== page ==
In the autumn of 1850, in pursuance of a vote of the people, a convention assembled at Concord for the revision of the constitution of New Hampshire. General Pierce was elected its president by an almost unanimous vote--a very high mark of the affectionate confidence which the state, for so long a time, and in such a variety of modes, had manifested in him. It was so much the higher, as the convention included New Hampshire's most eminent citizens, among whom was Judge Woodbury.

General Pierce's conduct, as presiding officer, was satisfactory to all parties; and one of his political opponents (Professor Sanborn, of Dartmouth College) has ably sketched him, both in that aspect and as a debater.

"In drawing the portraits of the distinguished members of the constitutional convention," writes the professor, "to pass Frank Pierce unnoticed would be as absurd as to enact one of Shakspeare's dramas without its principal hero. I give my impressions of the man as I saw him in the convention; for I would not undertake to vouch for the truth or falsehood of those veracious organs of public sentiment, at the capital, which have loaded him, in turn, with indiscriminate praise and abuse. As a presiding officer, it would be difficult to find his equal. In proposing questions to the house, he never hesitates or blunders. In deciding points of order, he is both prompt and impartial. His treatment of every member of the convention was characterized by uniform courtesy and kindness. The deportment of the presiding officer of a deliberative body usually gives tone to the debates. If he is harsh, morose, or abrupt in his manner, the speakers are apt to catch his spirit by the force of involuntary sympathy. The same is true, to some extent, of the principal debaters in such a body. When a man of strong prejudices and harsh temper rises to address a public assembly, his indwelling antipathies speak from every feature of his face, and from every motion of his person. The audience at once brace themselves against his assaults, and condemn his opinions before they are heard. The well-known character of an orator persuades or dissuades quite as forcibly as the language he utters. Some men never rise to address a deliberative assembly without conciliating good will in advance. The smile that plays upon the speaker's face awakens emotions of complacency in those who hear, even before be speaks. So does that weight of character, which is the matured fruit of long public services and acknowledged worth, soothe, in advance, the irritated and angry crowd.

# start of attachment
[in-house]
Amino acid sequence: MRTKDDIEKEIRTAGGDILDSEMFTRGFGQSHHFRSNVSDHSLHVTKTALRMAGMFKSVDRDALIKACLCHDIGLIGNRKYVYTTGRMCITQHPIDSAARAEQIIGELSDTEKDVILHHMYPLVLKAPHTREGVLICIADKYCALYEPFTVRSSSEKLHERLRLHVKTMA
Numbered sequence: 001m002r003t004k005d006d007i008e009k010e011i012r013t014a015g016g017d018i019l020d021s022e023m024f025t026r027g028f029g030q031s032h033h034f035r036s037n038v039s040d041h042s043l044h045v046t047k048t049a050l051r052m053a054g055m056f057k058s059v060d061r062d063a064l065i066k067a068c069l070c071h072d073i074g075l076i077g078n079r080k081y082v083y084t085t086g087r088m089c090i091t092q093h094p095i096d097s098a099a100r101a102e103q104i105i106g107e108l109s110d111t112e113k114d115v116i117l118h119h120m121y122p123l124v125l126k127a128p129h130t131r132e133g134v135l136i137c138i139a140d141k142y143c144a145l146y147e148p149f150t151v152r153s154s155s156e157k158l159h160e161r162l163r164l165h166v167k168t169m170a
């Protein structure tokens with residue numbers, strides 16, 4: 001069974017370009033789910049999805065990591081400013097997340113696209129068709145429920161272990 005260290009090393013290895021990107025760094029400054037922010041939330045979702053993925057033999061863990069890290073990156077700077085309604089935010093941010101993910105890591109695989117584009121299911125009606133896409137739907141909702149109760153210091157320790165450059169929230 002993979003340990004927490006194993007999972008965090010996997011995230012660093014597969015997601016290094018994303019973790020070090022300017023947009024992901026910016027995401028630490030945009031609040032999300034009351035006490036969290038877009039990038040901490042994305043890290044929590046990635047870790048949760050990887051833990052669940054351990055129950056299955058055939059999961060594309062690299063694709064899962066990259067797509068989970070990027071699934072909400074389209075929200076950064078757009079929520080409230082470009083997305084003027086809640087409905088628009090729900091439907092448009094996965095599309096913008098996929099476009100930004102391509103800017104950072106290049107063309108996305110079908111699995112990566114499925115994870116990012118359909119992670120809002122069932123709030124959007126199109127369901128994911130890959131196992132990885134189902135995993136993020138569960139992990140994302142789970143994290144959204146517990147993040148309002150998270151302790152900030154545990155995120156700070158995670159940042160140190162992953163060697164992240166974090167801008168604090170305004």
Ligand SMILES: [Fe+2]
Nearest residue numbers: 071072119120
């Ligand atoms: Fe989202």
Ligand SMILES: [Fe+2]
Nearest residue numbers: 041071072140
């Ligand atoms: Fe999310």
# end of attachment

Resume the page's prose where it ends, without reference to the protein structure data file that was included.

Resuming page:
"Mr. Pierce possesses unquestioned ability as a public speaker. Few men, in our country, better understand the means of swaying a popular assembly, or employ them with greater success. His forte lies in moving the passions of those whom he addresses. He knows how to call into vigorous action both the sympathies and antipathies of those who listen to him. I do not mean to imply by these remarks that his oratory is deficient in argument or sound reasoning. On the contrary, he seizes with great power upon the strong points of his subject, and presents them clearly, forcibly, and eloquently. As a prompt and ready debater, always prepared for assault or defence, he has few equals. In these encounters, he appears to great advantage, from his happy faculty of turning little incidents, unexpectedly occurring, to his own account. A word carelessly dropped, or an unguarded allusion to individuals or parties, by an opponent, is frequently converted into a powerful weapon of assault, by this skilful advocate. He has been so much in office, that be may be said to have been educated in public life. He is most thoroughly versed in all the tactics of debate. He is not only remarkably fluent in his elocution, but remarkably correct. He seldom miscalls or repeats a word. His style is not overloaded with ornament, and yet he draws liberally upon the treasury of rhetoric. His figures are often beautiful and striking, never incongruous. He is always listened to with respectful attention, if he does not always command conviction. From his whole course in the convention, a disinterested spectator could not fail to form a very favorable opinion, not only of his talent and eloquence, but of his generosity and magnanimity."